Manna-hata, a Lenape term meaning “island of many hills,” became Manhattanwhen translated into the English language by an Englishman working for the Dutch who had established a colony on the island.
The Lenape were defrauded of the island by the Dutch in 1626.
The “sale” of Manhattan was a misunderstanding. In 1626 the director of the Dutch settlement, Peter Minuit, “purchased” Manhattan for sixty guilders worth of trade goods. At that time Indians did everything by trade, and they did not believe that land could be privately owned, any more than could water, air, or sunlight. But they did believe in giving gifts for favors done. The Lenni Lenape—one of the tribes that lived on the island now known as Manhattan—interpreted the trade goods as gifts given in appreciation for the right to share the land. We don’t know exactly what the goods were or exactly how much a guilder was worth at that time. It has been commonly thought that sixty guilders equaled about twenty-four dollars. But the buying power of twenty-four dollars in 1626 is not known for sure.
As would be repeated across the region, the Lenape did not realize that the Dutch meant to claim the lands for their exclusive use — an exclusivity that the Dutch would work violently to protect against the Lenape and then the English.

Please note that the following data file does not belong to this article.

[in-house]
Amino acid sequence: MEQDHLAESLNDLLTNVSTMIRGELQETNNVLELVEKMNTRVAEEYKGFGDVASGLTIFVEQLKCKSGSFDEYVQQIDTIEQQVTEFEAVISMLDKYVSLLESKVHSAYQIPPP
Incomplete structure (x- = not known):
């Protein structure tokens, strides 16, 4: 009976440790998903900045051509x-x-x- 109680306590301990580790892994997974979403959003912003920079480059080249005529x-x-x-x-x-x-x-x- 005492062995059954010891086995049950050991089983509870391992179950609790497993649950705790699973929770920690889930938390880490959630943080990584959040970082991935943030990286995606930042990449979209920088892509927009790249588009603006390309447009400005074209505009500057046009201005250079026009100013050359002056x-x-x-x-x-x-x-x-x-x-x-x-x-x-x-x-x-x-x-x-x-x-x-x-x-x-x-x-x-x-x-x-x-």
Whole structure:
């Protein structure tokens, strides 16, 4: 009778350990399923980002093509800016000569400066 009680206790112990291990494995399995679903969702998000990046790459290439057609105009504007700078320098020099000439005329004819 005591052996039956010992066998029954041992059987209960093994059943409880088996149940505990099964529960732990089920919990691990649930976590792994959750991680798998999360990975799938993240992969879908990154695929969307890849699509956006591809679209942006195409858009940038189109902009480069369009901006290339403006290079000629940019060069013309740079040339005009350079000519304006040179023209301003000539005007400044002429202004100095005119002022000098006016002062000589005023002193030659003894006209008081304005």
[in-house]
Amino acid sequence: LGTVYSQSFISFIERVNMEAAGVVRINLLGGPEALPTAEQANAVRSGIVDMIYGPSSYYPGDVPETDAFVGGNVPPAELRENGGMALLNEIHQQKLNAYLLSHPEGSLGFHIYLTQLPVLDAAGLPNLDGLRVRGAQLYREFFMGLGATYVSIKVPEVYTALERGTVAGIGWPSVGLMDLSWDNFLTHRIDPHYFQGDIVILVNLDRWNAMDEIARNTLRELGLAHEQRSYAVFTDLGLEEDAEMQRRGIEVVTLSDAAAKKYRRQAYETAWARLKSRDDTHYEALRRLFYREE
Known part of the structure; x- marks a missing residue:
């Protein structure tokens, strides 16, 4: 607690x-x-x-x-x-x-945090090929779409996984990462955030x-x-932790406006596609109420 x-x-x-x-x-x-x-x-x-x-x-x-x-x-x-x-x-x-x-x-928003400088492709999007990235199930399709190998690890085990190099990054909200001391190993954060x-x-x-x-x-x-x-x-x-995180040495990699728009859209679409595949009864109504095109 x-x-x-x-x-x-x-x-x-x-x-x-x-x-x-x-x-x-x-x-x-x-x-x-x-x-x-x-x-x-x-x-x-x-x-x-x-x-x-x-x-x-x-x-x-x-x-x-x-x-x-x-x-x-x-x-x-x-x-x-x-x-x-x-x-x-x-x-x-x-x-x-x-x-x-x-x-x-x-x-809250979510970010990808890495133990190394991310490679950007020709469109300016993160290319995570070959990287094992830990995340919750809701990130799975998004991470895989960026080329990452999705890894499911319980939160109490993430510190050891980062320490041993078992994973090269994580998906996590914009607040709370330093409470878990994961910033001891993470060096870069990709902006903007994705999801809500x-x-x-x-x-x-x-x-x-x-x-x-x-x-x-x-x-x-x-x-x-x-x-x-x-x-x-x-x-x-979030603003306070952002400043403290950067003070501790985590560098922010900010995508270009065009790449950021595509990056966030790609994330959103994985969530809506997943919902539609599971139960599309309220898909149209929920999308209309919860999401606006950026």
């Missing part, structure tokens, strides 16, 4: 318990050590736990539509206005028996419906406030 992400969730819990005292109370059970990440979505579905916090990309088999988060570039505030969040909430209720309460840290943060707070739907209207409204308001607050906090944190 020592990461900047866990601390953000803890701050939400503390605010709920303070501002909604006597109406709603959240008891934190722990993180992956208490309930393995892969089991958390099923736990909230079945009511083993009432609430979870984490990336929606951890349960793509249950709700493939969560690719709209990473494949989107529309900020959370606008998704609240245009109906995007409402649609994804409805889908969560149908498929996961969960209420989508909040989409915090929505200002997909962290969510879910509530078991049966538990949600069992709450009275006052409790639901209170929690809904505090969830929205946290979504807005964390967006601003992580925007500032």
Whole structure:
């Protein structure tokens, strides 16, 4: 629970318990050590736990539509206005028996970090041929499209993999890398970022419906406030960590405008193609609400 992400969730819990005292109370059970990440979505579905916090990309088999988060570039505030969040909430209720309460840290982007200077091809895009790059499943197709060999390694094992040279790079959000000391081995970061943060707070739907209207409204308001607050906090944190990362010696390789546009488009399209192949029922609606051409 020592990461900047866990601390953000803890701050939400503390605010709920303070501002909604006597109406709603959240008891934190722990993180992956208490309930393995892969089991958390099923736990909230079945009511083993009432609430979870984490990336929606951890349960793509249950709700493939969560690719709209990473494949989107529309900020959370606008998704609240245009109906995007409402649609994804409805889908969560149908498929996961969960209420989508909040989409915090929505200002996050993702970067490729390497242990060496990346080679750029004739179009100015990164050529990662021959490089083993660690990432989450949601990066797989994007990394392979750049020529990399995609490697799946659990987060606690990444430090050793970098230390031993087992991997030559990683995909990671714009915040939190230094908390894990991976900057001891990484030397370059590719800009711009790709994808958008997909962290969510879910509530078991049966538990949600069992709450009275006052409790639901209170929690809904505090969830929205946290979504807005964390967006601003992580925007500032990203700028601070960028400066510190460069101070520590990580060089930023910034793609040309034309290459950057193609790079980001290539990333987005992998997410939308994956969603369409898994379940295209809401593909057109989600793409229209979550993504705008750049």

In 1653, in fact, the Dutch built a wall attempting to block Lenape, other Native nations, and the English from attacking “their” settlement. By 1700, when the English assumed Dutch land holdings in the region, they tore down the wall and paved a street over its location that they called “Wall Street.”
The English would be defeated by the Americans. The Americans would preserve “Wall Street” — and all of Manhattan — as their own.
The Americans would never redress the history of Native land fraud that had made the U.S. possible. They would continue this fraud by violating their first ratified treaty with a Native nation — the Lenape in 1778. This treaty provided — among other things — safe passage for Americans through Lenape territory during their war with the English. As all of the treaties that followed, it was a treaty that would be violated by the Americans in the name of U.S. sovereignty and territorial rights.
“Wall Street” is only possible because of this history of land fraud and treaty violation.
The “United States” is only possible because of its still imperial-colonial relations with Native peoples.
What “Wall Street” and the U.S. have become — an imperial-colonial power over the world’s economics and the laws that protect it — is a direct legacy of the fraud and violence committed against Native nations.
Perhaps those who now claim to OCCUPY WALL STREET in the name of reforming America’s economy could remember their history and call it something else (see Racialicious’ post for more discussion of the importance of language in opposition). Wall Street is, after all, already an occupied territory.
As are all of U.S. land “holdings” in northern America, the Pacific, and the Caribbean.
(Woman in picture below: Jennie Bob [Lenape],1915)